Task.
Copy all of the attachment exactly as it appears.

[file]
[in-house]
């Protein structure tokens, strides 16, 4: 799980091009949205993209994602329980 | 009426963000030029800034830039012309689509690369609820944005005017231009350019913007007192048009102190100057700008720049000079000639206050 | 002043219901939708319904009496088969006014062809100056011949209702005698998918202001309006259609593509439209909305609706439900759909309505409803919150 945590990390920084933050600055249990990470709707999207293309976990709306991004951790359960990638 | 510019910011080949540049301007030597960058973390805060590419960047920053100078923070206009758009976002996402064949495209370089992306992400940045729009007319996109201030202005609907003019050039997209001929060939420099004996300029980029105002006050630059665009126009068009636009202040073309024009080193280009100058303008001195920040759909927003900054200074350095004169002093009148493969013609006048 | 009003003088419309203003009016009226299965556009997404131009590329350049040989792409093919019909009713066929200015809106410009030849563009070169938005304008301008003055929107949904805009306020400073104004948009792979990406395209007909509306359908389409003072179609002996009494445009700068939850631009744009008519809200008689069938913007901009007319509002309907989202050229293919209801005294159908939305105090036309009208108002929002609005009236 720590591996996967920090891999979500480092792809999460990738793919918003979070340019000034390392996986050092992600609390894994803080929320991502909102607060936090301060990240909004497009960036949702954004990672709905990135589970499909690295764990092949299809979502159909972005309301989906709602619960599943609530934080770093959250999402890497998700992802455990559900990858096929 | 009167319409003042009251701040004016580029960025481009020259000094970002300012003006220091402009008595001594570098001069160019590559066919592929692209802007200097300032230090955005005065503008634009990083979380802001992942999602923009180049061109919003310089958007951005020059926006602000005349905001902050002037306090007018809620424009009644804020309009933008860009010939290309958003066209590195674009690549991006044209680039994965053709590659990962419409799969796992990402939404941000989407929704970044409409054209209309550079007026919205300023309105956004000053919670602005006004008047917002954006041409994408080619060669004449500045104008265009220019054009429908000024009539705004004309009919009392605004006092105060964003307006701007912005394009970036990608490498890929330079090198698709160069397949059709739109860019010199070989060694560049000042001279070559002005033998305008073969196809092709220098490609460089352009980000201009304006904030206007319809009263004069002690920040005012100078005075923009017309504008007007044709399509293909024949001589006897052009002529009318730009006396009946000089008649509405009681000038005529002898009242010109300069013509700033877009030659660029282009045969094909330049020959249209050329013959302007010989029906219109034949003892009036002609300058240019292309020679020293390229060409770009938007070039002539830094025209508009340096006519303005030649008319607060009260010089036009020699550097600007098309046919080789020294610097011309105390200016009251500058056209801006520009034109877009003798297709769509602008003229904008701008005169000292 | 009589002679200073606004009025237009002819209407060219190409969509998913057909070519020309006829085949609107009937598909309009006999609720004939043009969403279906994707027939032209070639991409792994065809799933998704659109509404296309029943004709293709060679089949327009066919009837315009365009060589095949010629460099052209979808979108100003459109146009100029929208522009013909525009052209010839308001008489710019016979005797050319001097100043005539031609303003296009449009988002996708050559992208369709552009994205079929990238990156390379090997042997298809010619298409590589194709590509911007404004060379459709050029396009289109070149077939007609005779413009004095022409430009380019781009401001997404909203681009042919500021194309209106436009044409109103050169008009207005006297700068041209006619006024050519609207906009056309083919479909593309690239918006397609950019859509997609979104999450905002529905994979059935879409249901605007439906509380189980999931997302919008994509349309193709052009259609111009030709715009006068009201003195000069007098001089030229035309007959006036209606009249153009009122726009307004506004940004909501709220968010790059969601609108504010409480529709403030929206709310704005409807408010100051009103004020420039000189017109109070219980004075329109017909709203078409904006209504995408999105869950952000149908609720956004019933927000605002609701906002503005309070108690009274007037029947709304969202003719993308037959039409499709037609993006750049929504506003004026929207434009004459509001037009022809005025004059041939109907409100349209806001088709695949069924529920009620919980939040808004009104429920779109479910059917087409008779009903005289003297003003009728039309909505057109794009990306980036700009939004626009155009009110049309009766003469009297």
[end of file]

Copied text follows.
[in-house]
């Protein structure tokens, strides 16, 4: 799980091009949205993209994602329980 | 009426963000030029800034830039012309689509690369609820944005005017231009350019913007007192048009102190100057700008720049000079000639206050 | 002043219901939708319904009496088969006014062809100056011949209702005698998918202001309006259609593509439209909305609706439900759909309505409803919150 945590990390920084933050600055249990990470709707999207293309976990709306991004951790359960990638 | 510019910011080949540049301007030597960058973390805060590419960047920053100078923070206009758009976002996402064949495209370089992306992400940045729009007319996109201030202005609907003019050039997209001929060939420099004996300029980029105002006050630059665009126009068009636009202040073309024009080193280009100058303008001195920040759909927003900054200074350095004169002093009148493969013609006048 | 009003003088419309203003009016009226299965556009997404131009590329350049040989792409093919019909009713066929200015809106410009030849563009070169938005304008301008003055929107949904805009306020400073104004948009792979990406395209007909509306359908389409003072179609002996009494445009700068939850631009744009008519809200008689069938913007901009007319509002309907989202050229293919209801005294159908939305105090036309009208108002929002609005009236 720590591996996967920090891999979500480092792809999460990738793919918003979070340019000034390392996986050092992600609390894994803080929320991502909102607060936090301060990240909004497009960036949702954004990672709905990135589970499909690295764990092949299809979502159909972005309301989906709602619960599943609530934080770093959250999402890497998700992802455990559900990858096929 | 009167319409003042009251701040004016580029960025481009020259000094970002300012003006220091402009008595001594570098001069160019590559066919592929692209802007200097300032230090955005005065503008634009990083979380802001992942999602923009180049061109919003310089958007951005020059926006602000005349905001902050002037306090007018809620424009009644804020309009933008860009010939290309958003066209590195674009690549991006044209680039994965053709590659990962419409799969796992990402939404941000989407929704970044409409054209209309550079007026919205300023309105956004000053919670602005006004008047917002954006041409994408080619060669004449500045104008265009220019054009429908000024009539705004004309009919009392605004006092105060964003307006701007912005394009970036990608490498890929330079090198698709160069397949059709739109860019010199070989060694560049000042001279070559002005033998305008073969196809092709220098490609460089352009980000201009304006904030206007319809009263004069002690920040005012100078005075923009017309504008007007044709399509293909024949001589006897052009002529009318730009006396009946000089008649509405009681000038005529002898009242010109300069013509700033877009030659660029282009045969094909330049020959249209050329013959302007010989029906219109034949003892009036002609300058240019292309020679020293390229060409770009938007070039002539830094025209508009340096006519303005030649008319607060009260010089036009020699550097600007098309046919080789020294610097011309105390200016009251500058056209801006520009034109877009003798297709769509602008003229904008701008005169000292 | 009589002679200073606004009025237009002819209407060219190409969509998913057909070519020309006829085949609107009937598909309009006999609720004939043009969403279906994707027939032209070639991409792994065809799933998704659109509404296309029943004709293709060679089949327009066919009837315009365009060589095949010629460099052209979808979108100003459109146009100029929208522009013909525009052209010839308001008489710019016979005797050319001097100043005539031609303003296009449009988002996708050559992208369709552009994205079929990238990156390379090997042997298809010619298409590589194709590509911007404004060379459709050029396009289109070149077939007609005779413009004095022409430009380019781009401001997404909203681009042919500021194309209106436009044409109103050169008009207005006297700068041209006619006024050519609207906009056309083919479909593309690239918006397609950019859509997609979104999450905002529905994979059935879409249901605007439906509380189980999931997302919008994509349309193709052009259609111009030709715009006068009201003195000069007098001089030229035309007959006036209606009249153009009122726009307004506004940004909501709220968010790059969601609108504010409480529709403030929206709310704005409807408010100051009103004020420039000189017109109070219980004075329109017909709203078409904006209504995408999105869950952000149908609720956004019933927000605002609701906002503005309070108690009274007037029947709304969202003719993308037959039409499709037609993006750049929504506003004026929207434009004459509001037009022809005025004059041939109907409100349209806001088709695949069924529920009620919980939040808004009104429920779109479910059917087409008779009903005289003297003003009728039309909505057109794009990306980036700009939004626009155009009110049309009766003469009297």